A top House Democrat said the attack on Rep. Gabrielle Giffords (D-Ariz.) should change how members of Congress are screened at airports.

“I really believe that that is the place where we feel the most ill at ease, is going through airports,” Rep. James Clyburn (D-S.C.), who serves as assistant minority leader in the House, said on "Fox News Sunday."

Clyburn called for the Transportation Security Administration, which administers airport security checkpoints, to interact “a little better” with the Capitol Hill Police.

“We’ve had some incidents where TSA authorities think that congresspeople should be treated like everybody else,” he said. “Well, the fact of the matter is, we are held to a higher standard in so many other areas, and I think we need to take a hard look at exactly how the TSA interact with members of Congress.”


Rep. Gabrielle Giffords (D-Ariz.) was shot in the head at close range outside a grocery store in Tucson, Ariz., while holding a public event on Saturday. She remains in critical condition in an Tucson hospital. Gabe Zimmerman, a 30-year-old aide to the congresswoman, was one of six people killed in the attack.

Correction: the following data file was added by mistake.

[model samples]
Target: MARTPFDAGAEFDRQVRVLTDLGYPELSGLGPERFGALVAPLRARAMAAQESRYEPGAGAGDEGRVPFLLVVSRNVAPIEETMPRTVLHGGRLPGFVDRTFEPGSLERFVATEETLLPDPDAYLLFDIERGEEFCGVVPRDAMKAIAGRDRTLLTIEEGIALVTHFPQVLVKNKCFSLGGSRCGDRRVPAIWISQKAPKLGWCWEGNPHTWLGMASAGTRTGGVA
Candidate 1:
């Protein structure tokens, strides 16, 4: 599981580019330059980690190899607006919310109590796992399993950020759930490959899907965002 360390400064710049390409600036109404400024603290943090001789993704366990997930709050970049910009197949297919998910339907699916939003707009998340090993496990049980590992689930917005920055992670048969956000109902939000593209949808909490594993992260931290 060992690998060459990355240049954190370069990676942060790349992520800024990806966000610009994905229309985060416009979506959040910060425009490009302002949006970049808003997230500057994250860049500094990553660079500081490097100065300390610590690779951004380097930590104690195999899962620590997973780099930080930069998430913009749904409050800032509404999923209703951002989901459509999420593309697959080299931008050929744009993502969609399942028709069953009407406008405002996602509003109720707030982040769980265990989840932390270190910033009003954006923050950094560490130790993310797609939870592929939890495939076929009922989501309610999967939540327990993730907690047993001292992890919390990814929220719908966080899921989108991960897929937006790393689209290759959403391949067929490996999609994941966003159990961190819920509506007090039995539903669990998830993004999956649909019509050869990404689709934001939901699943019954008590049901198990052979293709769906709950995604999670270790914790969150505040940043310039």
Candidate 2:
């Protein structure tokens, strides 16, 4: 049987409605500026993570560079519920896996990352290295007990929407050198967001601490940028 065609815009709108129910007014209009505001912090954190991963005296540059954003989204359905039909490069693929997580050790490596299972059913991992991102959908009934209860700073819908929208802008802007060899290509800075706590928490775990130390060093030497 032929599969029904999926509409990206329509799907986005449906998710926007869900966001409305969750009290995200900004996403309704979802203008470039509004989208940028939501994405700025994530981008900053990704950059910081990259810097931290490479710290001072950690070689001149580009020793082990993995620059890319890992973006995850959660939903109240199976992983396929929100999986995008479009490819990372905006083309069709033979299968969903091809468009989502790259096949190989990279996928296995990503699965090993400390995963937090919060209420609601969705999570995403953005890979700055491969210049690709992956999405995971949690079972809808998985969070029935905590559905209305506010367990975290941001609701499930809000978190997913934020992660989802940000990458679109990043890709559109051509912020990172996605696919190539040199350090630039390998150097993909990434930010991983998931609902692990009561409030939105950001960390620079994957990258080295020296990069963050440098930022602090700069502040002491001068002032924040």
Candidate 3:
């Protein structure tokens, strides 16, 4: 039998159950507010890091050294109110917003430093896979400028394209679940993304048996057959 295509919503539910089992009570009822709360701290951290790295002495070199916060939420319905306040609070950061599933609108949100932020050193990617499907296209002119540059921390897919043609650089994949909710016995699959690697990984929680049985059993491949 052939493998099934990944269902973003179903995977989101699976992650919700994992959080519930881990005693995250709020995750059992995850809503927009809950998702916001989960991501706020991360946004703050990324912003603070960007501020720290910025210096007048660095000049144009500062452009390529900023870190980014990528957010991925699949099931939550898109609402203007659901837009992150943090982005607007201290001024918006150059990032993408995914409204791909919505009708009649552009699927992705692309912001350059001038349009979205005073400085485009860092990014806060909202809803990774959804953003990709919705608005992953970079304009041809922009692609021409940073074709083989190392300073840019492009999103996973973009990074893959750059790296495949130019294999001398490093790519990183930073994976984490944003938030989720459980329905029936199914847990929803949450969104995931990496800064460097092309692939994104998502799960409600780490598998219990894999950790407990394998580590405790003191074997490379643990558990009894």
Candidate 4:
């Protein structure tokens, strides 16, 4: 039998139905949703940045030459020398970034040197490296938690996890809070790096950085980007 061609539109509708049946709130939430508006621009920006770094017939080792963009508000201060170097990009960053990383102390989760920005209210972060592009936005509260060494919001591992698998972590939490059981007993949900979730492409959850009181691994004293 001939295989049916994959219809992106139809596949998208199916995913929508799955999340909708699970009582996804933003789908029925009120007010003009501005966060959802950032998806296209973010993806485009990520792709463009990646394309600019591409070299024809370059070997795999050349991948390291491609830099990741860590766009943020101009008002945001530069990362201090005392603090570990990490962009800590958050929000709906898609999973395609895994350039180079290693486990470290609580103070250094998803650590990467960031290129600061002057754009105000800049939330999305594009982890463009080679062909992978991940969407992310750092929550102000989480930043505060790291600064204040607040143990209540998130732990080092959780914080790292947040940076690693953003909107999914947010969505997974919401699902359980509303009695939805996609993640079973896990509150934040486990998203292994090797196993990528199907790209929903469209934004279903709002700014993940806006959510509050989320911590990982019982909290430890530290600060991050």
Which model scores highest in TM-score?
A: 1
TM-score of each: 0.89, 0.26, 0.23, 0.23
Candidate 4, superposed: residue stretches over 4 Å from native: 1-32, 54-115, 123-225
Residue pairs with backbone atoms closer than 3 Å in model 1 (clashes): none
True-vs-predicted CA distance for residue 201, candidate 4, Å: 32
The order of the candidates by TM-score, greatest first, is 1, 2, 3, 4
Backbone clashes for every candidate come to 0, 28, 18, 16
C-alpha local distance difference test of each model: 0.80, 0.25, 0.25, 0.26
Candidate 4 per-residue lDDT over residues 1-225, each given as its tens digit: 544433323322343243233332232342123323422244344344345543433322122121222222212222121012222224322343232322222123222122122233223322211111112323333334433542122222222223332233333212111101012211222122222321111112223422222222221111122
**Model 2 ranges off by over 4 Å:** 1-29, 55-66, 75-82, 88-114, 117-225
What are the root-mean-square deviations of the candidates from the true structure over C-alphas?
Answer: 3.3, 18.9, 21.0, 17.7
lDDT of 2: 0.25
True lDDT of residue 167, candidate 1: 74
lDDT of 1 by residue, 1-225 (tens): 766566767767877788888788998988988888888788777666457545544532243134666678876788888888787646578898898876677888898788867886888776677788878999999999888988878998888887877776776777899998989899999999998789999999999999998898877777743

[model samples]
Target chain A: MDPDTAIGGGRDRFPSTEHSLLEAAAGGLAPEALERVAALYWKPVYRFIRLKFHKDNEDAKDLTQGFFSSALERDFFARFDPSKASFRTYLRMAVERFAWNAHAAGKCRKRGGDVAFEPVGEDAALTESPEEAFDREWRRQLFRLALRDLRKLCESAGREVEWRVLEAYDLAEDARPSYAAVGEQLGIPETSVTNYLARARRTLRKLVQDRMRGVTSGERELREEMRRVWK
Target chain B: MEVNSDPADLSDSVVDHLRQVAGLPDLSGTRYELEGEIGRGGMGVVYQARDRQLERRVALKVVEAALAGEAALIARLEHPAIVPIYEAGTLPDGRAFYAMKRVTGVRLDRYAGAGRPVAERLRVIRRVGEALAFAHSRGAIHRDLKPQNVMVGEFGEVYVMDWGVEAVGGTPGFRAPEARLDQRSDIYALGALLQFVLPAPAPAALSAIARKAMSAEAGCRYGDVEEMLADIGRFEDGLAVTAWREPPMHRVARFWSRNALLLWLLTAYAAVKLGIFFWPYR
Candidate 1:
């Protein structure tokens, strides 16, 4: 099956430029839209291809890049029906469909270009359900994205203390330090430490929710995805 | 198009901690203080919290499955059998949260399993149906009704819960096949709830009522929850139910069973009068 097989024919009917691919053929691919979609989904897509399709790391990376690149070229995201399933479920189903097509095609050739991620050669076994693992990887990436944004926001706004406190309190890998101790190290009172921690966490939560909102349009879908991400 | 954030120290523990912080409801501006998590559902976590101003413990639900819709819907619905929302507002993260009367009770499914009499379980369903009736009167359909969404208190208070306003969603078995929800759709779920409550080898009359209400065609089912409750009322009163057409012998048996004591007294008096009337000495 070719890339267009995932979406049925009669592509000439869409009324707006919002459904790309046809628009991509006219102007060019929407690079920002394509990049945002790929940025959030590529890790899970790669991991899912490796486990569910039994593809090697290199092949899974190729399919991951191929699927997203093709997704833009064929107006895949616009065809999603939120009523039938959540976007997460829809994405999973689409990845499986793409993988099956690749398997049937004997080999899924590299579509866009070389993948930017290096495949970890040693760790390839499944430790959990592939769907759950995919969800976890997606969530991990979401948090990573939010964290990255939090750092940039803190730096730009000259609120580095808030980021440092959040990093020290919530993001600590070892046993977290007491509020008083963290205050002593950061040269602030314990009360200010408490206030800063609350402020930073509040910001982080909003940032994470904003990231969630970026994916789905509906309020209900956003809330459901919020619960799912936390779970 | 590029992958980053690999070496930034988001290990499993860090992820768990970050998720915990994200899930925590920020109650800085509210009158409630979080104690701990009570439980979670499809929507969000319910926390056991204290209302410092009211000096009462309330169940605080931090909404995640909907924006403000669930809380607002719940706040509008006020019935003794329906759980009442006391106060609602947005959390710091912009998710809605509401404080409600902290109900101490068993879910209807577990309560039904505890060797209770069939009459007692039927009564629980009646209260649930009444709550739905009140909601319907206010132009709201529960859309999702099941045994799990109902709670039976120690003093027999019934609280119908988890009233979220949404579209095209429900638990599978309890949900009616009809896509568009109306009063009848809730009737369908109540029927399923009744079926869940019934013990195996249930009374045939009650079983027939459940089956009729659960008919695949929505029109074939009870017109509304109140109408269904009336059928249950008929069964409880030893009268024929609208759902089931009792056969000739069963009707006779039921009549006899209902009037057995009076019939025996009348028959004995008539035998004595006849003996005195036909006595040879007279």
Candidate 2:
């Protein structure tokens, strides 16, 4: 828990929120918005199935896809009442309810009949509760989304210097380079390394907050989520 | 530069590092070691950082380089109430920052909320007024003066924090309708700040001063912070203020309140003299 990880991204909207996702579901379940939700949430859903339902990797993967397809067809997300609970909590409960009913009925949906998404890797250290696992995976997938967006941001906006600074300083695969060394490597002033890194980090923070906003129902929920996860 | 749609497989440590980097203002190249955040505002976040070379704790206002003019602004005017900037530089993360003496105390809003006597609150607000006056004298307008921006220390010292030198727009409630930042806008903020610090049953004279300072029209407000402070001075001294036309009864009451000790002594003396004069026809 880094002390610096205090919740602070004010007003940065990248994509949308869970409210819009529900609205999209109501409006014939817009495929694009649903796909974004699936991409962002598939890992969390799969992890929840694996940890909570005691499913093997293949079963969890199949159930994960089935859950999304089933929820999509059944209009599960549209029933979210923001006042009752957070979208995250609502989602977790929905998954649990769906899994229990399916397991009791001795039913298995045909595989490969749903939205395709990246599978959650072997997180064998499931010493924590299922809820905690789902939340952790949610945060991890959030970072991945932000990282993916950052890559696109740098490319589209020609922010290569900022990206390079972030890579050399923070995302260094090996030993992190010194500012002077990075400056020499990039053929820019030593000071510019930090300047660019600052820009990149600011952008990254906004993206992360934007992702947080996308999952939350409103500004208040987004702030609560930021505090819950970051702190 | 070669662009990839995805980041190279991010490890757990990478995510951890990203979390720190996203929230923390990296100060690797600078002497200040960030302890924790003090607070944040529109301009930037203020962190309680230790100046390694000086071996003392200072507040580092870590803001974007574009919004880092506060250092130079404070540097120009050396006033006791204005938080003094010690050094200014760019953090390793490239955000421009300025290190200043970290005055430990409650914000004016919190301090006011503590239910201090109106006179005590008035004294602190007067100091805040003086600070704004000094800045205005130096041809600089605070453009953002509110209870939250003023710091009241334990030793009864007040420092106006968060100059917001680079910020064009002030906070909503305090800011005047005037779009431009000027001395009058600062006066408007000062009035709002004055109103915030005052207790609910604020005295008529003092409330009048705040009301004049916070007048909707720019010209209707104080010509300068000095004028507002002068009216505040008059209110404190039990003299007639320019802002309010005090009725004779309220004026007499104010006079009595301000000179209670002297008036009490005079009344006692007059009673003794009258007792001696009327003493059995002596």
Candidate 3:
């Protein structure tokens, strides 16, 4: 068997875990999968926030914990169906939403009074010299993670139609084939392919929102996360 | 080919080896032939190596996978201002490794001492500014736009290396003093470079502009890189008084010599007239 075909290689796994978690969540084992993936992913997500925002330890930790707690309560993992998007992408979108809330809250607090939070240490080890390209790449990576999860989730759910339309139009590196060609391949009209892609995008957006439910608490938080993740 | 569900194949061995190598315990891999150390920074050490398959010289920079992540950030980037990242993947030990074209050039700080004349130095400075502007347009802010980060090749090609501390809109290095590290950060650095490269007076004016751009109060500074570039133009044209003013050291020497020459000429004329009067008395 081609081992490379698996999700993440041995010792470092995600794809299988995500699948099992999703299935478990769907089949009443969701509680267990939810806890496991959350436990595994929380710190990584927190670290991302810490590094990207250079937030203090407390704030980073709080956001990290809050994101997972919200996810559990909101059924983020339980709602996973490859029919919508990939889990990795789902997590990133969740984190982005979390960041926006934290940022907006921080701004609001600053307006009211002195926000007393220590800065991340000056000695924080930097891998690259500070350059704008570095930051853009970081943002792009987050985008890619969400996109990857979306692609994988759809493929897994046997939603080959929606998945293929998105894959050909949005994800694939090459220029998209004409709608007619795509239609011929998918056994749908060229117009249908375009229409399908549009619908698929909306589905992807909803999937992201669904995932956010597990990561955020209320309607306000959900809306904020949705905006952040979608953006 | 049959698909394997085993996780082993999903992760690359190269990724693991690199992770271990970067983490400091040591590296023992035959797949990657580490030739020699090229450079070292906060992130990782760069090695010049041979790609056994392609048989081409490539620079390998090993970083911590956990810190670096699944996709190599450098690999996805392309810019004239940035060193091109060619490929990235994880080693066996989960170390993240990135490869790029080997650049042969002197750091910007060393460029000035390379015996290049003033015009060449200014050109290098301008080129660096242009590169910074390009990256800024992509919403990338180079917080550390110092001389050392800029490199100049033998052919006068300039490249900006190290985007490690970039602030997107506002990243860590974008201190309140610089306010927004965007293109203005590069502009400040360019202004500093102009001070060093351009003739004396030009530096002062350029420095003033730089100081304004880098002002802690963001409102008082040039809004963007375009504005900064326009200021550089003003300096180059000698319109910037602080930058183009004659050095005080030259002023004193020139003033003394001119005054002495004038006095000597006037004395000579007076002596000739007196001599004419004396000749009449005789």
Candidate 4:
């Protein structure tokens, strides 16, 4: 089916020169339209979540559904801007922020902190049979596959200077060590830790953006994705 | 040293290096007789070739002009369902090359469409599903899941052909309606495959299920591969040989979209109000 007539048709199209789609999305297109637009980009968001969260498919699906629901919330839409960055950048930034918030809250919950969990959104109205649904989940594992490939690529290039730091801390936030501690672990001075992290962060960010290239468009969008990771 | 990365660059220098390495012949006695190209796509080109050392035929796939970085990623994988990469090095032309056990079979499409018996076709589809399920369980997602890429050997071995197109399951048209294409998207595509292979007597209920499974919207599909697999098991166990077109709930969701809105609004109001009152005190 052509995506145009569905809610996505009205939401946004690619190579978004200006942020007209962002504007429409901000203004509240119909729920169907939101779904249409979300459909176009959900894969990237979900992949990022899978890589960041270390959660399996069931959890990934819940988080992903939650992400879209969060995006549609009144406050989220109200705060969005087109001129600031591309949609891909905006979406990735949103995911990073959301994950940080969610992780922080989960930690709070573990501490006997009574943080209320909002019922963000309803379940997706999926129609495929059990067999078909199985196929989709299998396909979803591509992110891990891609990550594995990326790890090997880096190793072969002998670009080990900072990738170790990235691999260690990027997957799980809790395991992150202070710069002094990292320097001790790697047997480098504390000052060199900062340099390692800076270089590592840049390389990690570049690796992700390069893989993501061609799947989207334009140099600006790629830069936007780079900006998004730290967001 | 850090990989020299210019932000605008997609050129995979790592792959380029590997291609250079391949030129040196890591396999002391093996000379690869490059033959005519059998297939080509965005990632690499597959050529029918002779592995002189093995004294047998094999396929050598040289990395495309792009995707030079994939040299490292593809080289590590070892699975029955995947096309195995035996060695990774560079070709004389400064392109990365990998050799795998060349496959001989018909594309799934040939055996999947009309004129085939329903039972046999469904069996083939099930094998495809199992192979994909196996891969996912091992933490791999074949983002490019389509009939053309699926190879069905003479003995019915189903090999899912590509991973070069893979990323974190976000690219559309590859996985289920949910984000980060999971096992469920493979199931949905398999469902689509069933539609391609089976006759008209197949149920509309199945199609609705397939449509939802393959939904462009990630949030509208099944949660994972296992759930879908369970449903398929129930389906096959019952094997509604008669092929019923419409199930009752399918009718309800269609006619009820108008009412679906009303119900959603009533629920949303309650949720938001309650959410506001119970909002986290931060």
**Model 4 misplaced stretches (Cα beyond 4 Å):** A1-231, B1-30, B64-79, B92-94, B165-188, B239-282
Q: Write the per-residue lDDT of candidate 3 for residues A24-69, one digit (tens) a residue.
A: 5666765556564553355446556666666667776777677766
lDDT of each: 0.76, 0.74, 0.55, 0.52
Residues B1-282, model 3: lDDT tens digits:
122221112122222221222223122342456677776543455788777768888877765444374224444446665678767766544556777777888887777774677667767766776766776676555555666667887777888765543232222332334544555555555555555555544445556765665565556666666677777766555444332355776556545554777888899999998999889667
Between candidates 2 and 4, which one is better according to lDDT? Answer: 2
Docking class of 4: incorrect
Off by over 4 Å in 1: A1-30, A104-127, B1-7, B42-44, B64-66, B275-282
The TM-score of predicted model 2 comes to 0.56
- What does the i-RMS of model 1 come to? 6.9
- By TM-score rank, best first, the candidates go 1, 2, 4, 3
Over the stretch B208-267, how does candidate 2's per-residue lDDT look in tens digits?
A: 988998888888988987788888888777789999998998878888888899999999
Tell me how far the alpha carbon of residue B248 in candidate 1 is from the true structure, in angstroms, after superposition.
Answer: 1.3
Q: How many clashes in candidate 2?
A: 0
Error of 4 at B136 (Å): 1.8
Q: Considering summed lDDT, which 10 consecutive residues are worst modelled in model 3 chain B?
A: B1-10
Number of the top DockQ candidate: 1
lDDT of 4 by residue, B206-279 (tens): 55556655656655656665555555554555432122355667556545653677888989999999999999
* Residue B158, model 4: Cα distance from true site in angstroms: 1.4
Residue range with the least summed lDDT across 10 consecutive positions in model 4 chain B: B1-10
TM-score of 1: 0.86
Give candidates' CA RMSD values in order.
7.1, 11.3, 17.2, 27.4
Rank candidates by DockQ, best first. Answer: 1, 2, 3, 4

Noting that local law enforcement were installed outside his South Carolina home after the attack on Giffords, Clyburn said the House may need to “beef up the funding” for individual members’ budgets so they can coordinate improved security arrangements with local police.

Rep. Cathy McMorris RodgersCathy McMorris RodgersOvernight Finance: Trump calls for ObamaCare mandate repeal, cuts to top tax rate | Trump to visit Capitol Hill in tax reform push | CBO can't do full score before vote | Bipartisan Senate bill would ease Dodd-Frank rules Overnight Regulation: Bipartisan Senate bill would curb Dodd-Frank rules | Opioid testing rule for transport workers finalized | Google faces state antitrust probe | Dems want investigation into FCC chief Trump to visit Capitol Hill amid tax-reform push MORE (R-Wash.) said she was reluctant to attach a cumbersome layer of security to House members.

“I’m concerned about putting up more walls between myself and the people that I represent,” she said on Fox. “I want to make sure that we’re looking at it, that we’re making an appropriate response, that we as members are being smart in our interactions.”

McMorris Rodgers said she wasn’t concerned about her security. “I feel that the Capitol Police do a great job of warning us, of helping us and our staff be smart when we’re out in the district,” she said.